On our first morning, we ordered breakfast to our cabin; simply bounteous and delicious!  At 11am, we took a 2.5 hr trail ride with a wrangler from the ranch named Colby. He is a skilled horseman from over the mountains in Idaho, and made for interesting conversation about what most would consider the "classical" western lifestyle. He told us stories of his big family, hunting and riding horses and what he is doing at college. It was my first ride since 2006 and Brian's since some time in the first half of the '90s, so it was a novelty for us both.  Brian rode on Joe and I rode on Ceasar, both seasoned horses trained to be ridden by inexperienced folk like us. It was fun, and we got to direct the horses on our own a bit.  We rode up to a spot called Devil's Thumb in the Bitteroot National Forest using trails that the Ranch wranglers had blazed over the years. The Ranch leases the land from the Federal Government, basically paying to use the trails for what would be considered "commercial purposes."  Devil's Thumb is a large exposed ledge that protrudes from the side of the mountain and has some nice views across to the Bitteroot River valley. We ate excellent packed lunches that we ordered the night before. They have a lot of choices on the list, and let us check off as many as we wished, including shrimp cocktail for me! That afternoon, Brian had scheduled me a massage, always much needed and appreciated for the many tight muscles in my back and neck (thanks, college - haven't been able to shake them yet).
On our second day, we had breakfast at the dining room and left for a nature tour on CB Ranch with Craig, a guy who is employed by the Ranch to mainly oversee timber harvesting operations. He knows the ranch well, and took us to spots where we might see some of the wildlife that inhabit the acreage. Craig's work on the ranch mainly includes removing dead trees and ensuring the survival of natural and planted regeneration. The Bitteroot fire (I think it was in 2000) killed a large portion of trees on the property and a harvester was allowed to come in and take out dead and dying trees at will by the prior owner. The result was intense removal, and too few trees to allow for seed and shelter to young trees. You could tell Craig wasn't pleased with the decision, and I would agree.  CB stands for Craig Barrett (not our guide), former CEO of Intel Corporation who now owns Triple Creek Ranch (600+ acres) and over 25,000 acres nearby that encompass CB Ranch. You have to give the guy credit for using his millions to buy land, live in a modest home and work on his ranch. Craig drove us around in a Suburban, stopping to point out sites and wildlife. We saw Lewis woodpeckers, ravens, a golden eagle, sapsuckers, a mother grouse and her babies, and many mule deer. The ranch covers hills with steep slopes, open grazing land, partially forested areas and near the height of the property around 6000', some closed forest. We had a great view of Trapper's Peak, the highest mountain in the Bitteroots, from many areas on the property.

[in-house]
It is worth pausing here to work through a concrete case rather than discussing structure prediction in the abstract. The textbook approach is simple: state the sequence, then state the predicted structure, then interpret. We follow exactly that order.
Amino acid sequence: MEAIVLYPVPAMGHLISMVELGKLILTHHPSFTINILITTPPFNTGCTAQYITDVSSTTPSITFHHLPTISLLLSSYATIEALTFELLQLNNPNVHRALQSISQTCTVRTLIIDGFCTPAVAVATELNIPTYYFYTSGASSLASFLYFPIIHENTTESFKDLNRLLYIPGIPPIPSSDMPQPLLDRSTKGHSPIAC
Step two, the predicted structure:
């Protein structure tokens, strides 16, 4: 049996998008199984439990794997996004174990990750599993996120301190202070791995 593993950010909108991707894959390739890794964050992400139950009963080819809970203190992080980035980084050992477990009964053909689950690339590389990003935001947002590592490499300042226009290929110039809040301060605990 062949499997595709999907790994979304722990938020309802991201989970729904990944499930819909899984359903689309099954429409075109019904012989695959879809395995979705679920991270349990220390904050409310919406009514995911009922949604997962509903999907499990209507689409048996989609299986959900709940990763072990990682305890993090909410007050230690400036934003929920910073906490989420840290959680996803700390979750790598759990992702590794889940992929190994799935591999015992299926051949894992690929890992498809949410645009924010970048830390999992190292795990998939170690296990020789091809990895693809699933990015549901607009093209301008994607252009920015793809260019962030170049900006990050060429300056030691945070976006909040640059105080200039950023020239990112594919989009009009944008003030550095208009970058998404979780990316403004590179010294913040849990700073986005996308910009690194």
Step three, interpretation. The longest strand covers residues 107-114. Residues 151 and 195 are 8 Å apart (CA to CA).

In the afternoon, we took a fly-casting clinic from a local guide. I figured if we were in Montana, what better place to learn to fly-fish? We didn't actually get out on the water, but learned the basics of casting, reeling, and landing fish. Fly fishing actually appealed to me, unlike other forms of fishing I have tried. Perhaps someday I'll get a license and take it up...
On our final morning, we relaxed around our cabin, packed up, and then had a long lunch before heading out to Idaho. Our experience at Triple Creek was 100% positive, relaxing and fun...Windham Hill Inn of Vermont (where we went for our honeymoon) has met it's match. And that's saying a lot.